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Coast Guard's Detention Based on Ethnicity Violates Fourth Amendment

by David M. Reutter

 The Ninth Circuit Court of Appeals held that removal proceedings against an alien must be terminated because Coast Guard officers committed an egregious Fourth Amendment violation, plus violated an immigration regulation when they seized him based on his Latin ethnicity alone.

Louis E. Sanchez, 45, entered the United States without inspection in 1988 at age 17. He has lived in Ventura County, California. He was granted Family Unity Benefits and Employment Authorization on May 11, 2004, which expired two years later. His subsequent applications were denied due to three misdemeanor convictions for violations of California's Vehicle Code.

Sanchez and two adult Latino friends, and one of the friend's 14-month-old son, took a fishing trip on February 25, 2010, in Sanchez's pleasure boat. About 30 minutes into the trip, the Coast Guard responded to a 911 request for a tow back to the harbor.

Upon arrival at the Channel Islands Harbor, about eight Coast Guard officers awaited on shore for Sanchez and his companions. Once they disembarked the boat, they were frisked and detained. The officers requested their names and asked for identification; Sanchez handed over his driver's license. The Coast Guard could not "establish positive identity or nationality of Sanchez," and he was placed into custody of "the possibility of 4 undocumented worker [ ] aliens."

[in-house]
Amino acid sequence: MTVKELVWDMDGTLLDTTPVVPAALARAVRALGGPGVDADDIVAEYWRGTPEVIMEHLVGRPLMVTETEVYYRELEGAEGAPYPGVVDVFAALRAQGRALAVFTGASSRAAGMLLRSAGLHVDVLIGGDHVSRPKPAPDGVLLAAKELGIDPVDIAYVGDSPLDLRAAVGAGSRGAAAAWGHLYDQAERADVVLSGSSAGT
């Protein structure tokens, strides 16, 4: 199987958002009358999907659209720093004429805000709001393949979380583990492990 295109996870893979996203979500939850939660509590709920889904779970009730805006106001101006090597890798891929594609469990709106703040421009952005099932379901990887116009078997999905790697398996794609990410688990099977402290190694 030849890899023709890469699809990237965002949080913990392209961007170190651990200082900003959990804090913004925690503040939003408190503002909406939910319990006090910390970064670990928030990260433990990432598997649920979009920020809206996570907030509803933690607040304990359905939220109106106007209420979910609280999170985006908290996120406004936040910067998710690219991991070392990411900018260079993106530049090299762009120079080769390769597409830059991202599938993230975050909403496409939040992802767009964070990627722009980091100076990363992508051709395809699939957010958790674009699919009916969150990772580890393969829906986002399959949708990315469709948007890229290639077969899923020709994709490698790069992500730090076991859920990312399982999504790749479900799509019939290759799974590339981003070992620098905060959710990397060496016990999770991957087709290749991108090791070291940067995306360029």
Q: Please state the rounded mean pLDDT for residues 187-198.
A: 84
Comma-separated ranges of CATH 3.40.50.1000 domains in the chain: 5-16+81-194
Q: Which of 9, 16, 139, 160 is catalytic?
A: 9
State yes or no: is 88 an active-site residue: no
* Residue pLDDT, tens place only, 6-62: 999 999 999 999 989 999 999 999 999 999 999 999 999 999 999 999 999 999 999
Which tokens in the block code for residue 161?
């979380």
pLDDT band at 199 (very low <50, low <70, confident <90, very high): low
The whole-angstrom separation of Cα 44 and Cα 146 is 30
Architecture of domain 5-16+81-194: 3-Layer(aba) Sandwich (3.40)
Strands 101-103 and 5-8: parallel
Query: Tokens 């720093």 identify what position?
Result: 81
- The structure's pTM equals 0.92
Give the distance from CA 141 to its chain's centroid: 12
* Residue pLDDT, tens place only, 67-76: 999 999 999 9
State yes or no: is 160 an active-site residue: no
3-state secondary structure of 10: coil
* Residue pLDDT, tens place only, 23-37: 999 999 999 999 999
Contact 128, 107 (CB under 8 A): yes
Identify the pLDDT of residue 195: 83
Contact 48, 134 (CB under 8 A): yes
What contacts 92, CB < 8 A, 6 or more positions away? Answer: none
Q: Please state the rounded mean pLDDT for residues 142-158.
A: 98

Sanchez was released later that night, but nine months later the U.S. Department of Homeland Security served Sanchez with a Notice to Appear for removal proceedings. An immigration judge (IJ) on December 27, 2011, denied Sanchez's Motion to Suppress Coast Guard officers Form I-213 (Record of Deportable/Inadmissible Alien) and Sanchez's Family Unity Benefits and Employment Authorization applications. The IJ ordered Sanchez removed to Mexico. That decision was affirmed by the Bureau of Immigration Appeal.

The central issue on appeal was whether evidence establishing Sanchez's alienage and his entry without inspection must be suppressed as the fruits of an egregious Fourth Amendment violation. The Ninth Circuit answered that question in the affirmative.

In so holding, it found Sanchez was not seized at the United States border and his boat had not entered from international waters. It also found a prima facie case was presented that "Coast Guard officers seized and detained Sanchez based on his Latino ethnicity alone." It has been established for over 35 years that such a seizure is an egregious Fourth Amendment violation.

As the Form I-213 is a fruit of that poisonous tree, it must be suppressed and the removal proceeding terminated for violation of federal immigration regulations. The court did not reach the issue of whether the Family Unity Benefits and Employment Authorization should have been suppressed. The Petition for Review was granted.

See: Sanchez v. Sessions, _____ F. 3d _____ (9th Cir. 2017)

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Sanchez v. Sessions